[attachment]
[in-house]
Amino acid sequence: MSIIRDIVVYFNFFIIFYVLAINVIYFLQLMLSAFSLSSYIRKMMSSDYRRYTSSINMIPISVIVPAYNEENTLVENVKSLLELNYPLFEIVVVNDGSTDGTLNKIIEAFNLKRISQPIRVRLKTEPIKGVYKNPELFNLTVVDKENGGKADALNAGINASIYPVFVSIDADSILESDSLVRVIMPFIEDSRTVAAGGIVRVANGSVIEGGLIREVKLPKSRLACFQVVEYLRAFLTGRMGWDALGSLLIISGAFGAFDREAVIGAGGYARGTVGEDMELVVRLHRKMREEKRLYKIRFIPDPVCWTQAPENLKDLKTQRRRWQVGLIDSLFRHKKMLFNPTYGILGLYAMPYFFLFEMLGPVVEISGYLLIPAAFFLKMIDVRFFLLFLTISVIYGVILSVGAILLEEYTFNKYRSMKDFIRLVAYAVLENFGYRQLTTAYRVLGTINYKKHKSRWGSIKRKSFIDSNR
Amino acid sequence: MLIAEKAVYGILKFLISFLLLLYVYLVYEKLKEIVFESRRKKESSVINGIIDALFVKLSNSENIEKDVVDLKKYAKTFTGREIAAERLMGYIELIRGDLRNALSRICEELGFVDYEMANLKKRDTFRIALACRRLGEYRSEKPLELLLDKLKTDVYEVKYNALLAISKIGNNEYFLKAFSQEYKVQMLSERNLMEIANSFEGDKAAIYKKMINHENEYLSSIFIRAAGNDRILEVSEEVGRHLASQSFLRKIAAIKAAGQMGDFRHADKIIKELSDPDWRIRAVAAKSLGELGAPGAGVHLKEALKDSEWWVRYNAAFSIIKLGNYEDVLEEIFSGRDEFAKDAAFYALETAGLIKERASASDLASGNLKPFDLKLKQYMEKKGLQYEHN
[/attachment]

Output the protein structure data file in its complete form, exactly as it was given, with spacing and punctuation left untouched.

[in-house]
Amino acid sequence: MSIIRDIVVYFNFFIIFYVLAINVIYFLQLMLSAFSLSSYIRKMMSSDYRRYTSSINMIPISVIVPAYNEENTLVENVKSLLELNYPLFEIVVVNDGSTDGTLNKIIEAFNLKRISQPIRVRLKTEPIKGVYKNPELFNLTVVDKENGGKADALNAGINASIYPVFVSIDADSILESDSLVRVIMPFIEDSRTVAAGGIVRVANGSVIEGGLIREVKLPKSRLACFQVVEYLRAFLTGRMGWDALGSLLIISGAFGAFDREAVIGAGGYARGTVGEDMELVVRLHRKMREEKRLYKIRFIPDPVCWTQAPENLKDLKTQRRRWQVGLIDSLFRHKKMLFNPTYGILGLYAMPYFFLFEMLGPVVEISGYLLIPAAFFLKMIDVRFFLLFLTISVIYGVILSVGAILLEEYTFNKYRSMKDFIRLVAYAVLENFGYRQLTTAYRVLGTINYKKHKSRWGSIKRKSFIDSNR
Amino acid sequence: MLIAEKAVYGILKFLISFLLLLYVYLVYEKLKEIVFESRRKKESSVINGIIDALFVKLSNSENIEKDVVDLKKYAKTFTGREIAAERLMGYIELIRGDLRNALSRICEELGFVDYEMANLKKRDTFRIALACRRLGEYRSEKPLELLLDKLKTDVYEVKYNALLAISKIGNNEYFLKAFSQEYKVQMLSERNLMEIANSFEGDKAAIYKKMINHENEYLSSIFIRAAGNDRILEVSEEVGRHLASQSFLRKIAAIKAAGQMGDFRHADKIIKELSDPDWRIRAVAAKSLGELGAPGAGVHLKEALKDSEWWVRYNAAFSIIKLGNYEDVLEEIFSGRDEFAKDAAFYALETAGLIKERASASDLASGNLKPFDLKLKQYMEKKGLQYEHN